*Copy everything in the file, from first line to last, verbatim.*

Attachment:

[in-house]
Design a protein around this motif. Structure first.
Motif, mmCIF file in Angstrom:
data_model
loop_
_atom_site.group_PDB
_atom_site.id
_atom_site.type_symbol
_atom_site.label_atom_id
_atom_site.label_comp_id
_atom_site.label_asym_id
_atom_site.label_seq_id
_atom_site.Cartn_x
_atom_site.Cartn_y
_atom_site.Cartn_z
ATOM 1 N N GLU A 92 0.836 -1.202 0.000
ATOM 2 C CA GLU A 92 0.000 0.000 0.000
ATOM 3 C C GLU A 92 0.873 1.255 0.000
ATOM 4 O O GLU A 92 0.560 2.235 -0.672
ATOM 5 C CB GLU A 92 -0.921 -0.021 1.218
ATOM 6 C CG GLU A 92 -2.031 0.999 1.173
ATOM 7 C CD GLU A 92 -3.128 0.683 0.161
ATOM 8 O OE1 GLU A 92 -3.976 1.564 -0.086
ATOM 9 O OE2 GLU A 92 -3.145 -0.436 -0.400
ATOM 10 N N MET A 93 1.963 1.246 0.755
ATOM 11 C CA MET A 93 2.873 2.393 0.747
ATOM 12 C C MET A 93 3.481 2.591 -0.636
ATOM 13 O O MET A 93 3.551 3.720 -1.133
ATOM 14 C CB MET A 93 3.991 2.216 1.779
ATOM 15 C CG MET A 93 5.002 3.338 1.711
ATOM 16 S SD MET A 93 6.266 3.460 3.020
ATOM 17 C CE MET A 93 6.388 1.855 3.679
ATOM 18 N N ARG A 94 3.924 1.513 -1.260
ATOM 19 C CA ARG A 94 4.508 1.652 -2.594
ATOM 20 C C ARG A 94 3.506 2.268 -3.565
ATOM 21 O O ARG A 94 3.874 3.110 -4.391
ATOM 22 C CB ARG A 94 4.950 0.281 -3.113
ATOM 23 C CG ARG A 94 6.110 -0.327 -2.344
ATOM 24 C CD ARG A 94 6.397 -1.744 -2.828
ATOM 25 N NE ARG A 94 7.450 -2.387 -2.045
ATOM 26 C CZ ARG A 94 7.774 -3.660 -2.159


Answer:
[in-house]
Design a protein around this motif. Structure first.
Motif, mmCIF file in Angstrom:
data_model
loop_
_atom_site.group_PDB
_atom_site.id
_atom_site.type_symbol
_atom_site.label_atom_id
_atom_site.label_comp_id
_atom_site.label_asym_id
_atom_site.label_seq_id
_atom_site.Cartn_x
_atom_site.Cartn_y
_atom_site.Cartn_z
ATOM 1 N N GLU A 92 0.836 -1.202 0.000
ATOM 2 C CA GLU A 92 0.000 0.000 0.000
ATOM 3 C C GLU A 92 0.873 1.255 0.000
ATOM 4 O O GLU A 92 0.560 2.235 -0.672
ATOM 5 C CB GLU A 92 -0.921 -0.021 1.218
ATOM 6 C CG GLU A 92 -2.031 0.999 1.173
ATOM 7 C CD GLU A 92 -3.128 0.683 0.161
ATOM 8 O OE1 GLU A 92 -3.976 1.564 -0.086
ATOM 9 O OE2 GLU A 92 -3.145 -0.436 -0.400
ATOM 10 N N MET A 93 1.963 1.246 0.755
ATOM 11 C CA MET A 93 2.873 2.393 0.747
ATOM 12 C C MET A 93 3.481 2.591 -0.636
ATOM 13 O O MET A 93 3.551 3.720 -1.133
ATOM 14 C CB MET A 93 3.991 2.216 1.779
ATOM 15 C CG MET A 93 5.002 3.338 1.711
ATOM 16 S SD MET A 93 6.266 3.460 3.020
ATOM 17 C CE MET A 93 6.388 1.855 3.679
ATOM 18 N N ARG A 94 3.924 1.513 -1.260
ATOM 19 C CA ARG A 94 4.508 1.652 -2.594
ATOM 20 C C ARG A 94 3.506 2.268 -3.565
ATOM 21 O O ARG A 94 3.874 3.110 -4.391
ATOM 22 C CB ARG A 94 4.950 0.281 -3.113
ATOM 23 C CG ARG A 94 6.110 -0.327 -2.344
ATOM 24 C CD ARG A 94 6.397 -1.744 -2.828
ATOM 25 N NE ARG A 94 7.450 -2.387 -2.045
ATOM 26 C CZ ARG A 94 7.774 -3.660 -2.159